Hi! You have reached the online home of Michael McCallister. I write about technology, software, and the Internet in a variety of venues. At this site, you can learn more about me and my life, buy my books, find where you can see me at any given moment, and read some thoughts on the writing life. My main blog, Notes from the Metaverse, continues on at WordPress.com.
This site is not-so-new anymore, but you’ll see changes in it from time to time, with a big one coming down the road. Watch this space! I built this site myself, with the incredible assistance of the global WordPress community. Any errors on this page are mine alone. Spot something? Contact me.
By the way, if you’re looking for the former CEO of Humana Health, that’s someone else. I’ll stop there.
Happy to report that I’m back to writing more about WordPress. Today, the WPMUDev blog published a new story of mine on the security tradeoffs involved in using the XML-RPC support in WordPress core.
XML-RPC and Why It’s Time to Remove it for WordPress Security
What’s the problem with XML-RPC?
You’ll learn about the reasons for and history of Remote Process Calls in WordPress and other blogging platforms. You’ll also learn how to protect your site if you happen to like some of the tools that use XML-RPC.
It’s not a fear-mongering story, with some practical advice, and a look to the not-too-distant future when the WordPress REST Application Programming Interface fixes this problem. Go check out the story. Participate in the discussion. Share the link with your networks. Let me know what you think, too.
I hear from people all the time who think that WordPress is too hard to work with as a platform for their blog/website. If you’re one of those people, Medium could be an alternative.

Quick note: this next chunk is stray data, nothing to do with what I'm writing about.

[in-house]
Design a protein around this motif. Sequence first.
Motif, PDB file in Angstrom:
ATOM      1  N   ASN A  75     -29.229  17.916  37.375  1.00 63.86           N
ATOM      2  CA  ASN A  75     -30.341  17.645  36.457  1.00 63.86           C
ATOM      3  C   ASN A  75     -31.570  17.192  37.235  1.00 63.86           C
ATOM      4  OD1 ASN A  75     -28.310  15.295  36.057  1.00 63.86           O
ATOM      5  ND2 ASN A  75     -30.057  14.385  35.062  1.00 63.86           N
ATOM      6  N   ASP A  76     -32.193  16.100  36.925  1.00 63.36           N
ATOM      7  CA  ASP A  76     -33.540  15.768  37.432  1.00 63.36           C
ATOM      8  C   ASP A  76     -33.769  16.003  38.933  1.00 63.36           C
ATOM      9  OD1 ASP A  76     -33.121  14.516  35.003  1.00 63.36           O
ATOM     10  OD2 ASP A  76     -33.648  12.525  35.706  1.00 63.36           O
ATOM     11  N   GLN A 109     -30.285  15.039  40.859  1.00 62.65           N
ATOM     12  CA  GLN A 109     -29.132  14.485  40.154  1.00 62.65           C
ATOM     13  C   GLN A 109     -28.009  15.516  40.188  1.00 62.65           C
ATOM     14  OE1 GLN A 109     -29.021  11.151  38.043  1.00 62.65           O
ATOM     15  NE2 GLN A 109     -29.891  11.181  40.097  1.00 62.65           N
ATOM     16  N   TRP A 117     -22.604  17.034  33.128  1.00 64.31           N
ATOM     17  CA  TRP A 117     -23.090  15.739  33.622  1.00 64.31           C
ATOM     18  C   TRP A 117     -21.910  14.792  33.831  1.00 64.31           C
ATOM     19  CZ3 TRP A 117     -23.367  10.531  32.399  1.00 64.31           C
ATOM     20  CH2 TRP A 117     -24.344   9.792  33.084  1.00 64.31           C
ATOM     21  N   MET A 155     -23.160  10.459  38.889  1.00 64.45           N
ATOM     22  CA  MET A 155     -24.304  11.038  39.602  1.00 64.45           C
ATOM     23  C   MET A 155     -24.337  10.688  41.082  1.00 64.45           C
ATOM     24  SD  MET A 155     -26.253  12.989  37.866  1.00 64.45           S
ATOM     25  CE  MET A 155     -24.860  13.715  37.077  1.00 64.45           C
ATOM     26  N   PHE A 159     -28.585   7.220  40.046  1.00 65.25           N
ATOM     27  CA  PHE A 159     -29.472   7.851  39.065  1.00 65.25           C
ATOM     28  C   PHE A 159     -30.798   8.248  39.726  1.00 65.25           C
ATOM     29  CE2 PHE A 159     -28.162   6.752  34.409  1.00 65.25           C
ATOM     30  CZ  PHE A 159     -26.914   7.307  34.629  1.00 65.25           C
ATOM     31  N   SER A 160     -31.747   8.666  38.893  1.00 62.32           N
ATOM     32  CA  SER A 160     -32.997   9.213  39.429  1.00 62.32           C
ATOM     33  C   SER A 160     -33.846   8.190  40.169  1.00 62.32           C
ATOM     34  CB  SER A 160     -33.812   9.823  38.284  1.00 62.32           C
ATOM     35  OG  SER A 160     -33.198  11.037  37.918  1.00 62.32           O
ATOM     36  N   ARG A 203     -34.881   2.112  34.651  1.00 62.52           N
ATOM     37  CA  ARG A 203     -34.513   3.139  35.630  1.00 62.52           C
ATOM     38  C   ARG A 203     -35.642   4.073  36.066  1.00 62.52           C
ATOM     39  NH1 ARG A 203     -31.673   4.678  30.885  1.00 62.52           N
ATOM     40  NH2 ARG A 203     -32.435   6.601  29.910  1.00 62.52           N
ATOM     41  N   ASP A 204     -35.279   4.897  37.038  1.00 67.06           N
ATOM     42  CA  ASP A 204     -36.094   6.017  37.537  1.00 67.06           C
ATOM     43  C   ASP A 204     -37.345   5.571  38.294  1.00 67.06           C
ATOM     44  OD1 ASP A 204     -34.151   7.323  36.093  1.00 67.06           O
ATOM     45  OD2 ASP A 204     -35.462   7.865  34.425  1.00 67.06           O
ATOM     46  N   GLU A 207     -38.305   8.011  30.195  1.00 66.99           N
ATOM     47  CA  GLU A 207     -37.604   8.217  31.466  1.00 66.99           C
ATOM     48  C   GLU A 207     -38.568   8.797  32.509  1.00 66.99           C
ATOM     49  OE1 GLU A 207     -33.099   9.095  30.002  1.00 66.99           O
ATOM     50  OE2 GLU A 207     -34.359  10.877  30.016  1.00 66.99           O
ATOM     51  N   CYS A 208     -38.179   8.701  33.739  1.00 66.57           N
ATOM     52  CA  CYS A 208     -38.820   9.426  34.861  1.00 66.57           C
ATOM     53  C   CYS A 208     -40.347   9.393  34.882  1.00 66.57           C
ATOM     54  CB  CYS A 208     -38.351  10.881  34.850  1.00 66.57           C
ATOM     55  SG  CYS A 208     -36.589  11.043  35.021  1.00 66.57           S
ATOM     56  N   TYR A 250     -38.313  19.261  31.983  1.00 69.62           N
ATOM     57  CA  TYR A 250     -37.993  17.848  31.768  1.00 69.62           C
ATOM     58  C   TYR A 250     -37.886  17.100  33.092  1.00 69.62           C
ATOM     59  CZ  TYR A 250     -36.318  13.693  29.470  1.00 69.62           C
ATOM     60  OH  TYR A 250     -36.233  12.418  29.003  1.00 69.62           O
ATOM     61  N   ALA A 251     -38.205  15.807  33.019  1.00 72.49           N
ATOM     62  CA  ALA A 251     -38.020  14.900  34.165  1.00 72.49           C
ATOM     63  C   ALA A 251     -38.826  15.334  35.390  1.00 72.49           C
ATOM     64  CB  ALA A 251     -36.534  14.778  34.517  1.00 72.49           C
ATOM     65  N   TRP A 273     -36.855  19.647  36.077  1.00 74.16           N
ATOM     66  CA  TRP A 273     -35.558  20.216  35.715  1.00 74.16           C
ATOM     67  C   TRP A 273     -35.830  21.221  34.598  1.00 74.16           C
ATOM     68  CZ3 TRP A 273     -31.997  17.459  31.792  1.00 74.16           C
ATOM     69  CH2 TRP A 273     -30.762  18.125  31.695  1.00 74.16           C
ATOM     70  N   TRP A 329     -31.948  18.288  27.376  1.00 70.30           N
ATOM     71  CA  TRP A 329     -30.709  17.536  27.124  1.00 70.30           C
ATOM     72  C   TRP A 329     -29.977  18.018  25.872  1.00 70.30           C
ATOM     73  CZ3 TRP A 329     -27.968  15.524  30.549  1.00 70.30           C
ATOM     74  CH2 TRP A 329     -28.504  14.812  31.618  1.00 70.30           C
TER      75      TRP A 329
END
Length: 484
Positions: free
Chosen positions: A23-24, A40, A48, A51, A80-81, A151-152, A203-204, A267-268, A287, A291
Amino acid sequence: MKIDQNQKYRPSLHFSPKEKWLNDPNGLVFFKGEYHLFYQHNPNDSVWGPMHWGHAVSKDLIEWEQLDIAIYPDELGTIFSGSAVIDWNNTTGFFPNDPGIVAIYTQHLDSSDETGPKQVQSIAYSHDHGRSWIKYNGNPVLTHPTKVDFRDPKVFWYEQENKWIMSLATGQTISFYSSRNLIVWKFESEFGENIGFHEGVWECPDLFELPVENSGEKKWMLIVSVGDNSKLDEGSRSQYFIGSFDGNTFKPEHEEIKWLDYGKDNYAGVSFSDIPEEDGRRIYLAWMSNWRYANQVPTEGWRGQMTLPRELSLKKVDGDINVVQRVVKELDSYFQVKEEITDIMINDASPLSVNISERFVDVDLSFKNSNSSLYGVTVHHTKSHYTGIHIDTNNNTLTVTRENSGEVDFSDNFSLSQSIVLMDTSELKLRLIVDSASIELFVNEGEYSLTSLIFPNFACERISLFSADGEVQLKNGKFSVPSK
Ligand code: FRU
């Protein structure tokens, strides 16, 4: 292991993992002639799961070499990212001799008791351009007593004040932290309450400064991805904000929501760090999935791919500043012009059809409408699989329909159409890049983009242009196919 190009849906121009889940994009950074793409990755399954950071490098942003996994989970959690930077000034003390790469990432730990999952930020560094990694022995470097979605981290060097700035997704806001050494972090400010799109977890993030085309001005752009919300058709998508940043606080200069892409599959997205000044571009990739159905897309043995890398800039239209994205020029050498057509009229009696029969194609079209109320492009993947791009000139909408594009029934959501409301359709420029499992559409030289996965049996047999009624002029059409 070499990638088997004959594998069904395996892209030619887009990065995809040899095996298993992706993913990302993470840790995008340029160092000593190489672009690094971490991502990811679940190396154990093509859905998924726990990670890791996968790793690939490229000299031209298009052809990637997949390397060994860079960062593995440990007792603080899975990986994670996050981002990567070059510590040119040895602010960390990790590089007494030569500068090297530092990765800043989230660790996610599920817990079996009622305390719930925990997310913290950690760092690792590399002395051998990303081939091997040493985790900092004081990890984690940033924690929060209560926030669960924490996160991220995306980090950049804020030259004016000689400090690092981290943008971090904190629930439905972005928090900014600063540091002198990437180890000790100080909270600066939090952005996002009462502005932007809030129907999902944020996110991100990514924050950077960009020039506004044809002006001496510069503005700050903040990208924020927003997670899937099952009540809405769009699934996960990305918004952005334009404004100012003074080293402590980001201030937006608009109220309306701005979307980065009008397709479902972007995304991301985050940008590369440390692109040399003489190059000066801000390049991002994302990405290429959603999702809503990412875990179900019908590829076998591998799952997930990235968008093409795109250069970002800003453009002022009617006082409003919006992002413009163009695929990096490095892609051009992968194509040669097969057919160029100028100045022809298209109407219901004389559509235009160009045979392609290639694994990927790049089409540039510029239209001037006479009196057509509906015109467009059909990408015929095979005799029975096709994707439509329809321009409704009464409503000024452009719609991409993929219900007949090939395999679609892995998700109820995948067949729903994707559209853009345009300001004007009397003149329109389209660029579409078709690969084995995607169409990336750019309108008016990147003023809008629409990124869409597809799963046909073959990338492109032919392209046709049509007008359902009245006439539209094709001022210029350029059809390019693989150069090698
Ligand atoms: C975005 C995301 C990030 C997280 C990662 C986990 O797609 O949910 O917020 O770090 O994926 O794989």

Laura Hazard Owen of the Nieman Journalism Labs interviewed some top web publishers who moved their sites from an independent platform, with good results. Thanks to Andy Bull for pointing this article out.
I will say this: The platform is incredibly easy to work with, and the traffic on the site is heavy. The setup is pretty much this:
- Create an account
- Click Write a Story
Medium claims that its publishing tools work just as well for one-writer blogs as these larger players. While I maintain that it’s important for writers to have a place on the web to call their own, the site says your content remains in your control. That’s a plus. I have also been considering re-posting some of my writing there. Last year, I posted a news story on an Internet history panel with some good effects.
I’d love to hear more experiences with Medium. Let me know…
Written by Chris Anderson, curator of TED, this book is aimed at anyone with a great idea to share.
Sourced through Scoop.it from: www.ted.com
In Build Your Author Platform: The New Rules, we suggest using TED Talks as a model for adding public speaking to your platform-building arsenal. It shouldn’t be a surprise that TED agrees.
I have not yet read Chris Anderson’s book, but I’m pretty confident it will expand on our themes, and help writers develop their ideas to share with a live audience.
See on Scoop.it – Build Your Author Platform: New Rules